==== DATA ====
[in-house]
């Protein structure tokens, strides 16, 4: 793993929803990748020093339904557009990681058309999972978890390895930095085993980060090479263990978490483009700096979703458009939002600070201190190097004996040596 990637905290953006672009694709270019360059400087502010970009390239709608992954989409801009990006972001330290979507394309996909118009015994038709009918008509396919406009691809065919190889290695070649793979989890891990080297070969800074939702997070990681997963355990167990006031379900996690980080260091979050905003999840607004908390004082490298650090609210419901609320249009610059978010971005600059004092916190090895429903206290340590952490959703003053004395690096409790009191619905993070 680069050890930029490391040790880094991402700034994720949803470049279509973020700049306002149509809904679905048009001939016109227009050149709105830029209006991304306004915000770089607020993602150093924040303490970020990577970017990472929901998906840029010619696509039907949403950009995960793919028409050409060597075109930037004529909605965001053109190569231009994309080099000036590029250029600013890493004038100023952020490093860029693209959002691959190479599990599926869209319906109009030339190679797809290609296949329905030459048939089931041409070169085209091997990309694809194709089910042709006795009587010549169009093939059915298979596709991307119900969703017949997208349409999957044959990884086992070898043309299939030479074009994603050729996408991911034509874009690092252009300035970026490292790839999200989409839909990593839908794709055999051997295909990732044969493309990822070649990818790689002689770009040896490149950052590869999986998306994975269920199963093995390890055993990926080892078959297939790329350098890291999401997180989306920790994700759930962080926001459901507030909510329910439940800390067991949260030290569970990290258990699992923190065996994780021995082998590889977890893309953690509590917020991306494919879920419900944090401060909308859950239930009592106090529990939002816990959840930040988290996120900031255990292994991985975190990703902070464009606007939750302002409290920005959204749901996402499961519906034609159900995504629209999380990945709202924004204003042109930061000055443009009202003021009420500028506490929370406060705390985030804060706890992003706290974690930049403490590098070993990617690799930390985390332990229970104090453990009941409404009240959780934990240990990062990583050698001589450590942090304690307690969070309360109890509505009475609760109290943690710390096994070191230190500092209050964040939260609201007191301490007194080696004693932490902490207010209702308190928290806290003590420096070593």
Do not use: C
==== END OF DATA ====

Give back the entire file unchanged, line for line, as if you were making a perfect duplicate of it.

[in-house]
């Protein structure tokens, strides 16, 4: 793993929803990748020093339904557009990681058309999972978890390895930095085993980060090479263990978490483009700096979703458009939002600070201190190097004996040596 990637905290953006672009694709270019360059400087502010970009390239709608992954989409801009990006972001330290979507394309996909118009015994038709009918008509396919406009691809065919190889290695070649793979989890891990080297070969800074939702997070990681997963355990167990006031379900996690980080260091979050905003999840607004908390004082490298650090609210419901609320249009610059978010971005600059004092916190090895429903206290340590952490959703003053004395690096409790009191619905993070 680069050890930029490391040790880094991402700034994720949803470049279509973020700049306002149509809904679905048009001939016109227009050149709105830029209006991304306004915000770089607020993602150093924040303490970020990577970017990472929901998906840029010619696509039907949403950009995960793919028409050409060597075109930037004529909605965001053109190569231009994309080099000036590029250029600013890493004038100023952020490093860029693209959002691959190479599990599926869209319906109009030339190679797809290609296949329905030459048939089931041409070169085209091997990309694809194709089910042709006795009587010549169009093939059915298979596709991307119900969703017949997208349409999957044959990884086992070898043309299939030479074009994603050729996408991911034509874009690092252009300035970026490292790839999200989409839909990593839908794709055999051997295909990732044969493309990822070649990818790689002689770009040896490149950052590869999986998306994975269920199963093995390890055993990926080892078959297939790329350098890291999401997180989306920790994700759930962080926001459901507030909510329910439940800390067991949260030290569970990290258990699992923190065996994780021995082998590889977890893309953690509590917020991306494919879920419900944090401060909308859950239930009592106090529990939002816990959840930040988290996120900031255990292994991985975190990703902070464009606007939750302002409290920005959204749901996402499961519906034609159900995504629209999380990945709202924004204003042109930061000055443009009202003021009420500028506490929370406060705390985030804060706890992003706290974690930049403490590098070993990617690799930390985390332990229970104090453990009941409404009240959780934990240990990062990583050698001589450590942090304690307690969070309360109890509505009475609760109290943690710390096994070191230190500092209050964040939260609201007191301490007194080696004693932490902490207010209702308190928290806290003590420096070593």
Do not use: C